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'The New Odyssey' Allows Migrants Stories To Humanize The Crisis


By now, if you have followed the news at all, then you surely know about the worldwide migration crisis. You've heard the numbers. More than 1.4 million people have crossed the Mediterranean since 2014 alone fleeing war and poverty in the Middle East and Africa. You've surely seen bits and pieces of the human story as well - the heartbreaking photo of the drowned Syrian boy, reports of shipwrecks that have killed hundreds of other migrants attempting the crossing. The sheer scale of the story makes it a difficult one to handle.

But Patrick Kingsley migration correspondent for the U.K. news outlet The Guardian decided to try in his new book "The New Odyssey," he takes readers through every step of the journey from homeland to safety in Europe, interviewing refugees, smugglers, aid workers and everybody else he can think of connected to the story. And Patrick Kingsley joins us now from NPR's bureau in New York City. Patrick Kingsley, thank you so much for speaking with us.

PATRICK KINGSLEY: Thanks for having me on the show.

MARTIN: As we mentioned, this is such a huge story, and you take on all aspects of it in the book, but mostly through the story of Hashem Alsouki, a Syrian who fled the civil war with his family. What is it about his story that drew you to him to kind of form the book around him?

KINGSLEY: Well, first of all, Hashem's such a sympathetic man. He's a civil servant. He's 40. He's got three kids, a lovely wife who's a teacher. He just feels like an every man. And it was stories like his that I felt were best able to humanize, to ground the vastness of what was going on.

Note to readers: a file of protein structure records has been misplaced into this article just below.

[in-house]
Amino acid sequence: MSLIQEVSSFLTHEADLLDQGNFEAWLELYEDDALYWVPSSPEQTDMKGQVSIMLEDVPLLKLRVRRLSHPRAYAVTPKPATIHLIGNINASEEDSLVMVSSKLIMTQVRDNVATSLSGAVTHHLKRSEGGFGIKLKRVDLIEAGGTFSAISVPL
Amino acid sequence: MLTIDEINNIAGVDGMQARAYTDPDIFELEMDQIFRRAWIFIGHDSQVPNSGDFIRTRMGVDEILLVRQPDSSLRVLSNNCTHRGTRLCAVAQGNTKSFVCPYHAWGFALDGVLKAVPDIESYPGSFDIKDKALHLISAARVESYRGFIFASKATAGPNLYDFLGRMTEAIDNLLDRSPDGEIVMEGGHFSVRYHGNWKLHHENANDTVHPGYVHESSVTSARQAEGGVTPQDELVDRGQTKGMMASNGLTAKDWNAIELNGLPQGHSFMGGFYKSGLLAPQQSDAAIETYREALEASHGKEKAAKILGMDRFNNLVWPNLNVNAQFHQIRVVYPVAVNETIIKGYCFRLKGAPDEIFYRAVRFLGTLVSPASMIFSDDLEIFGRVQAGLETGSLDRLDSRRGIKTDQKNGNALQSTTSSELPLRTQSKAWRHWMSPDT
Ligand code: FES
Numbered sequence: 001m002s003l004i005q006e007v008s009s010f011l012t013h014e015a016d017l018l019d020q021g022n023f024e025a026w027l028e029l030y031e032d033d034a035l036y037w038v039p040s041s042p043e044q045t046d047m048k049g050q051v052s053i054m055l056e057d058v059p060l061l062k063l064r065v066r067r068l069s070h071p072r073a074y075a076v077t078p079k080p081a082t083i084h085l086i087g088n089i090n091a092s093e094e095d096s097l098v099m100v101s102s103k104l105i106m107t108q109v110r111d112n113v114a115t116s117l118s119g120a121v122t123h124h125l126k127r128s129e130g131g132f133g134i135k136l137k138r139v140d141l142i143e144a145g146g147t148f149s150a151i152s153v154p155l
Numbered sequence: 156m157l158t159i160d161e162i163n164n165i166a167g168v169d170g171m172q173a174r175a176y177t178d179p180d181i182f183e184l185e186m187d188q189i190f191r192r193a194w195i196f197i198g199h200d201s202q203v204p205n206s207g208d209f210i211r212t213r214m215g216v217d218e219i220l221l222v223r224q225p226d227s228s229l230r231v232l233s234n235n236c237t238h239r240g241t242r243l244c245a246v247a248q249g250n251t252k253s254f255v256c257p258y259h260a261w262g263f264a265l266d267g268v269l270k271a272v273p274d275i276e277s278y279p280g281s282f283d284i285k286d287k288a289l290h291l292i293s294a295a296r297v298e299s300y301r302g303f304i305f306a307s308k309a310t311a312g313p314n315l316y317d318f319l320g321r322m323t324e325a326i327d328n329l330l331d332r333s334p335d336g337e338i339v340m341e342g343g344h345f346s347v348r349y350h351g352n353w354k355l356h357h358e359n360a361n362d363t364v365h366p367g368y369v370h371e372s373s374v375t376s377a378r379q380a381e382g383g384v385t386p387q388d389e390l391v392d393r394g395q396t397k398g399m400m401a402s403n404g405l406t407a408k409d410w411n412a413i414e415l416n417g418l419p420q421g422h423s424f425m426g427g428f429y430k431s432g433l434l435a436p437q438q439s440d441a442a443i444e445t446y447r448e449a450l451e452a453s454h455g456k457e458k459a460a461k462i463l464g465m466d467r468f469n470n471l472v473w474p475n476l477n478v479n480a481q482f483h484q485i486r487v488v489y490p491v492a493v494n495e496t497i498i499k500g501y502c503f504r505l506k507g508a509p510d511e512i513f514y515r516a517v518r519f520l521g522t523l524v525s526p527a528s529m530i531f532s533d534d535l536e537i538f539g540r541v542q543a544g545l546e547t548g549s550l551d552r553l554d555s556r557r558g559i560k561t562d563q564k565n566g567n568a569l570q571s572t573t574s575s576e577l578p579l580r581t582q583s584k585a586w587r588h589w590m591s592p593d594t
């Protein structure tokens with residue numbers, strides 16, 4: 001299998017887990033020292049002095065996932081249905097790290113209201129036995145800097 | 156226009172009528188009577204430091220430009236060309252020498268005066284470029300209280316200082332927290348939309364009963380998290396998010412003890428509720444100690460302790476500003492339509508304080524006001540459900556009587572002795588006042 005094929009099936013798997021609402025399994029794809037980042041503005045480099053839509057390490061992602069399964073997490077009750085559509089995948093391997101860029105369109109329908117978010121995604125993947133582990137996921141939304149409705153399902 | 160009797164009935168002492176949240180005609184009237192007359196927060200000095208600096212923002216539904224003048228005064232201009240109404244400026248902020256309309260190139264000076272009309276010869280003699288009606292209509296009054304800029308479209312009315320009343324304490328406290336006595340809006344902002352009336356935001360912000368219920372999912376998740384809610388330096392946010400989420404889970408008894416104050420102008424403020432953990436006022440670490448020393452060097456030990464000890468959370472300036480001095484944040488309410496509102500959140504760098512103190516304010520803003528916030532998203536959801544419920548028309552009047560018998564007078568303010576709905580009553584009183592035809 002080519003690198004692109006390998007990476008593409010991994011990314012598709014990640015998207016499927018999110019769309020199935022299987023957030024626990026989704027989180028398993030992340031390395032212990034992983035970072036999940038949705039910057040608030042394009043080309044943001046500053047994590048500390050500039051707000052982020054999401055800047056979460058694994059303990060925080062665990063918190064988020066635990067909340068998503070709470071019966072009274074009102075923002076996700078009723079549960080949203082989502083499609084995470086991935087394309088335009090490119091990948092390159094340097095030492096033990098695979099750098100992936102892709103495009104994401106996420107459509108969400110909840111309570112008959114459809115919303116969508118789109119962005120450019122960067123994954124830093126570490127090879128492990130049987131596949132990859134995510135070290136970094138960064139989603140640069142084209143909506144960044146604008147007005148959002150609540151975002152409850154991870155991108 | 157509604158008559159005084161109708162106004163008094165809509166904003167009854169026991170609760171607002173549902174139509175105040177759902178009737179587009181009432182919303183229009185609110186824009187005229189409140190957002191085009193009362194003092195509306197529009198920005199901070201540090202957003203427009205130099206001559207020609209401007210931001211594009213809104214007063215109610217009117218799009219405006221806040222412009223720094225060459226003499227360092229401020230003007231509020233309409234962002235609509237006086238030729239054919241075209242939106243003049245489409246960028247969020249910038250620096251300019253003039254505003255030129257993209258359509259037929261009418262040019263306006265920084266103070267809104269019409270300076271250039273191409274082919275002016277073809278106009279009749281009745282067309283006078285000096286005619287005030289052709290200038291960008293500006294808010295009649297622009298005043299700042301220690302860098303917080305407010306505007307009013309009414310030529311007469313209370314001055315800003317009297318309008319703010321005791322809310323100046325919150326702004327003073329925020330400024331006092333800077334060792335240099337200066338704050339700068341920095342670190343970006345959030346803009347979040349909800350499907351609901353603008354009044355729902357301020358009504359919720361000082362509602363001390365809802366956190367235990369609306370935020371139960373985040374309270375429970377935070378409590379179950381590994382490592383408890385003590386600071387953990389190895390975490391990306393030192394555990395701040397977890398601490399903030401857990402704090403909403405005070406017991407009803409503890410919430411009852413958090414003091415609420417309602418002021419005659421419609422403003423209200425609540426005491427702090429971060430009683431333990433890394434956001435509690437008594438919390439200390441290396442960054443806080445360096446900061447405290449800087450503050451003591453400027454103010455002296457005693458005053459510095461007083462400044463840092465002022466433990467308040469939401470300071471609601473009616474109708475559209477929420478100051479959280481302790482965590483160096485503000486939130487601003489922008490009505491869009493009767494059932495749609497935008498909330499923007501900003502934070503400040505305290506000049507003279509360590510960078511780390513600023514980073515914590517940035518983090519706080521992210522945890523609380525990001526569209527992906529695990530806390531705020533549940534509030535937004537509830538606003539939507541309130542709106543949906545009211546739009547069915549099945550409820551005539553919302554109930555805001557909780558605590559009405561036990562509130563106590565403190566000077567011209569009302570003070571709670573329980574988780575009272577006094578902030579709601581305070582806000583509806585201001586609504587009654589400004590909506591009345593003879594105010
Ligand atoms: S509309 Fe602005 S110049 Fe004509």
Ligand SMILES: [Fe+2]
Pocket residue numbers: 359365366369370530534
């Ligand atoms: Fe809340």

MARTIN: Why did he decide - to tell people who haven't had a chance to read the book yet - why did he decide to make the crossing?

KINGSLEY: So he was living quite a quiet life before the revolution erupted in Syria in 2011, and then suddenly war overcame his country. And he got sucked into it. His home was destroyed in the fighting, and he was also arrested for several months for political reasons by the government in Syria. And he was tortured for several months, and - I'm sorry to say - electrocuted for days on end. And he then decided to leave with his family for Egypt which is where I met him, and life there was actually very tough as well because Hashem found it very hard to get jobs.

He was kidnapped by a man - came to be a Secret Service officer from the Egyptian regime. And it became very clear that this wasn't a safe place to be. And for that reason, he tried to go with his family by boat in one of these leaking boats that depart from the shores of North Africa towards Italy. And that was the reason I met him because he actually didn't make it onto that boat, and he was arrested with his family, his three young kids.

And had they got on that boat that they hoped would take them to Italy, they would have drowned because that boat went down a few days later killing - we think - between 300 and 500 people. And the staggering thing was that a few months later, Hashem said to me that he wanted to try this journey that had almost killed him the year before again. And that was the point when I asked if I might be able to follow him and chronicle his journey.

MARTIN: I need to - you to find a way to describe what part of that journey is like, and it's going to be difficult to do because there is a level of detail that you provide in the book about the exposure that people have to other people's bodily functions, for example, on these crossings that I'm not sure people are prepared to hear. So can you just give us - can you just find some way to describe what these crossings are actually like?